Not to mention there are plenty of towns and cities where families get around by bike. Americans need to expect more from local governments!


>Families of four have comfortably taken even long journeys in VW Golfs in the past

New car buyer are skewing richer and richer so a larger fraction of the people OEMs have to cater to can justify the luxury of not doing that.


Maybe look at who’s buying those vehicles before you make sweeping generalizations about who the buyers are.

I believe "boomer" has already come to mean "anyone older and wealthier than me", so even though you're right based on the previous definition, their sweeping generalization is probably correct from their point of view.

Ride height and cool factor. Minivans have ~the same ride height and even more utility (space) if you don’t off-road but lack the cool factor.

I think the cool factor is mostly gone with SUV's. When every soccer mom drives an SUV, it's no longer cool. Yes, they're cooler than a minivan, but that says more about the minivan than it does about the SUV.

Compare the prices of minivans to crossovers. That's why people aren't buying minivans in droves.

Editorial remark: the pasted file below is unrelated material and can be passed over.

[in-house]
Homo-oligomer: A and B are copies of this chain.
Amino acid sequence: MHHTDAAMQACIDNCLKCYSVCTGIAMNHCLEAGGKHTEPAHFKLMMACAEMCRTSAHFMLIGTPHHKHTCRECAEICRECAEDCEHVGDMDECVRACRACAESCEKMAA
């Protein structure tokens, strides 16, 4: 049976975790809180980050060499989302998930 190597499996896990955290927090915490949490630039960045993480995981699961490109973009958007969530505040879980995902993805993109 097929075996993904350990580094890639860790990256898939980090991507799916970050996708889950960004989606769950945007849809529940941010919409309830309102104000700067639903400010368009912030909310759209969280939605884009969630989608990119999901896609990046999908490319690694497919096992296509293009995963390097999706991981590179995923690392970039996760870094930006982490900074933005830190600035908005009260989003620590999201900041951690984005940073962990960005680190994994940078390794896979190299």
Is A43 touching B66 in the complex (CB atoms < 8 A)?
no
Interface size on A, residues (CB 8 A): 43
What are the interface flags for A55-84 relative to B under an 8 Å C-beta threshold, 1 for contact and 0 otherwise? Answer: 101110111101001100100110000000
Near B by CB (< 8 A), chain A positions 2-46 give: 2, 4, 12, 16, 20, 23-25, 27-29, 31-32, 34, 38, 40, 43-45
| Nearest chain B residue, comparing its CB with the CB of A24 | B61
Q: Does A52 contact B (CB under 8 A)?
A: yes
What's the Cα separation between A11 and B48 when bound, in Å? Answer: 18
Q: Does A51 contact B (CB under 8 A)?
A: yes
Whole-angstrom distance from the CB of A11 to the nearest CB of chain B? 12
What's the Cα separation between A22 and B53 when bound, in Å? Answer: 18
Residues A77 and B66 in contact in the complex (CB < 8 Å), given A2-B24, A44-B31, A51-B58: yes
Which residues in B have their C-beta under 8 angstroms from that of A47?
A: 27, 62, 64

I don't think there's a very complicated question to answer - SUVs are sooo much more comfortable to get into and drive than regular cars that it's not a surprise they have become the default vehicle type for many people. I'm only 29 and having developed some joint problems I'm now buying an SUV for myself, purely because getting into a regular sedan/estate is a bit of a struggle, but getting into an SUV isn't. The same applies to the driving position - even in the uber-luxury saloon like the Mercedes E class the fact that you're sitting much lower puts a lot of strain on my legs, but sitting with my back higher up in something like the LR Discovery makes driving much easier.